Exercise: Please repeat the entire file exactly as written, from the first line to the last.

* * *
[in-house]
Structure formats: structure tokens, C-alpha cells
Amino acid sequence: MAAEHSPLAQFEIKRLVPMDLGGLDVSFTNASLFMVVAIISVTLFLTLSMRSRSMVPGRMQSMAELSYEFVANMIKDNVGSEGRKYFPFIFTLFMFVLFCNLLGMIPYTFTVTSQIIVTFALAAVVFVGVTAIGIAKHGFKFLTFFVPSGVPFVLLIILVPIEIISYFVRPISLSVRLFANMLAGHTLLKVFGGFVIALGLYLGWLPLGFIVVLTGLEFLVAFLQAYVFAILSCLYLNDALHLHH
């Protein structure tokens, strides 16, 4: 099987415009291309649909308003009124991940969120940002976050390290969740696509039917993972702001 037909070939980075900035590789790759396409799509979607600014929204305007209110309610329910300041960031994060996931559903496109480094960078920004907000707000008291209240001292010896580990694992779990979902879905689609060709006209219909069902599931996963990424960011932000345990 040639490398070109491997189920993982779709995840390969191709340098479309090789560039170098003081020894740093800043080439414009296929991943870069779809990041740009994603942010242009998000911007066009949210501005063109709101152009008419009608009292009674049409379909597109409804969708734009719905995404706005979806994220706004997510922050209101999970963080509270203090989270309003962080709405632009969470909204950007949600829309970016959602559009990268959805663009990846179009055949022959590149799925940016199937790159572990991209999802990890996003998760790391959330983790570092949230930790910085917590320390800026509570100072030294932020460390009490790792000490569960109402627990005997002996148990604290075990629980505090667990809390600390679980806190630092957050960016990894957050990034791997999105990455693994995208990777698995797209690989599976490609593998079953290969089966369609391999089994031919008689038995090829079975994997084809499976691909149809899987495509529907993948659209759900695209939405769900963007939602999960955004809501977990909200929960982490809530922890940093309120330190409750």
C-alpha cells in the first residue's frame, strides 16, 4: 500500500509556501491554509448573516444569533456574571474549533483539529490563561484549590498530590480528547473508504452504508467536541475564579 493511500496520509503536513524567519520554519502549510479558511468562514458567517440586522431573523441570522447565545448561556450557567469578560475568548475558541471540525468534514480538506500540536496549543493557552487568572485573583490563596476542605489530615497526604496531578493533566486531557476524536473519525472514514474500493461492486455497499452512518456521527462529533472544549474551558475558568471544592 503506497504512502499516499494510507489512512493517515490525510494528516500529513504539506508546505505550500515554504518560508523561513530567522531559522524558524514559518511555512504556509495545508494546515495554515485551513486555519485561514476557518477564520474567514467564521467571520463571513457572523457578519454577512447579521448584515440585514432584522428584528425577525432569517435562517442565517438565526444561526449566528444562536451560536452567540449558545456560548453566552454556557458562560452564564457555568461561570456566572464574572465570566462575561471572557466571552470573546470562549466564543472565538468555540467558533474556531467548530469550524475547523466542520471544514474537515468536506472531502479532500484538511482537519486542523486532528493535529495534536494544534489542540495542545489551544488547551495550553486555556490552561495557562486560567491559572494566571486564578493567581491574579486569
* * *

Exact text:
[in-house]
Structure formats: structure tokens, C-alpha cells
Amino acid sequence: MAAEHSPLAQFEIKRLVPMDLGGLDVSFTNASLFMVVAIISVTLFLTLSMRSRSMVPGRMQSMAELSYEFVANMIKDNVGSEGRKYFPFIFTLFMFVLFCNLLGMIPYTFTVTSQIIVTFALAAVVFVGVTAIGIAKHGFKFLTFFVPSGVPFVLLIILVPIEIISYFVRPISLSVRLFANMLAGHTLLKVFGGFVIALGLYLGWLPLGFIVVLTGLEFLVAFLQAYVFAILSCLYLNDALHLHH
């Protein structure tokens, strides 16, 4: 099987415009291309649909308003009124991940969120940002976050390290969740696509039917993972702001 037909070939980075900035590789790759396409799509979607600014929204305007209110309610329910300041960031994060996931559903496109480094960078920004907000707000008291209240001292010896580990694992779990979902879905689609060709006209219909069902599931996963990424960011932000345990 040639490398070109491997189920993982779709995840390969191709340098479309090789560039170098003081020894740093800043080439414009296929991943870069779809990041740009994603942010242009998000911007066009949210501005063109709101152009008419009608009292009674049409379909597109409804969708734009719905995404706005979806994220706004997510922050209101999970963080509270203090989270309003962080709405632009969470909204950007949600829309970016959602559009990268959805663009990846179009055949022959590149799925940016199937790159572990991209999802990890996003998760790391959330983790570092949230930790910085917590320390800026509570100072030294932020460390009490790792000490569960109402627990005997002996148990604290075990629980505090667990809390600390679980806190630092957050960016990894957050990034791997999105990455693994995208990777698995797209690989599976490609593998079953290969089966369609391999089994031919008689038995090829079975994997084809499976691909149809899987495509529907993948659209759900695209939405769900963007939602999960955004809501977990909200929960982490809530922890940093309120330190409750």
C-alpha cells in the first residue's frame, strides 16, 4: 500500500509556501491554509448573516444569533456574571474549533483539529490563561484549590498530590480528547473508504452504508467536541475564579 493511500496520509503536513524567519520554519502549510479558511468562514458567517440586522431573523441570522447565545448561556450557567469578560475568548475558541471540525468534514480538506500540536496549543493557552487568572485573583490563596476542605489530615497526604496531578493533566486531557476524536473519525472514514474500493461492486455497499452512518456521527462529533472544549474551558475558568471544592 503506497504512502499516499494510507489512512493517515490525510494528516500529513504539506508546505505550500515554504518560508523561513530567522531559522524558524514559518511555512504556509495545508494546515495554515485551513486555519485561514476557518477564520474567514467564521467571520463571513457572523457578519454577512447579521448584515440585514432584522428584528425577525432569517435562517442565517438565526444561526449566528444562536451560536452567540449558545456560548453566552454556557458562560452564564457555568461561570456566572464574572465570566462575561471572557466571552470573546470562549466564543472565538468555540467558533474556531467548530469550524475547523466542520471544514474537515468536506472531502479532500484538511482537519486542523486532528493535529495534536494544534489542540495542545489551544488547551495550553486555556490552561495557562486560567491559572494566571486564578493567581491574579486569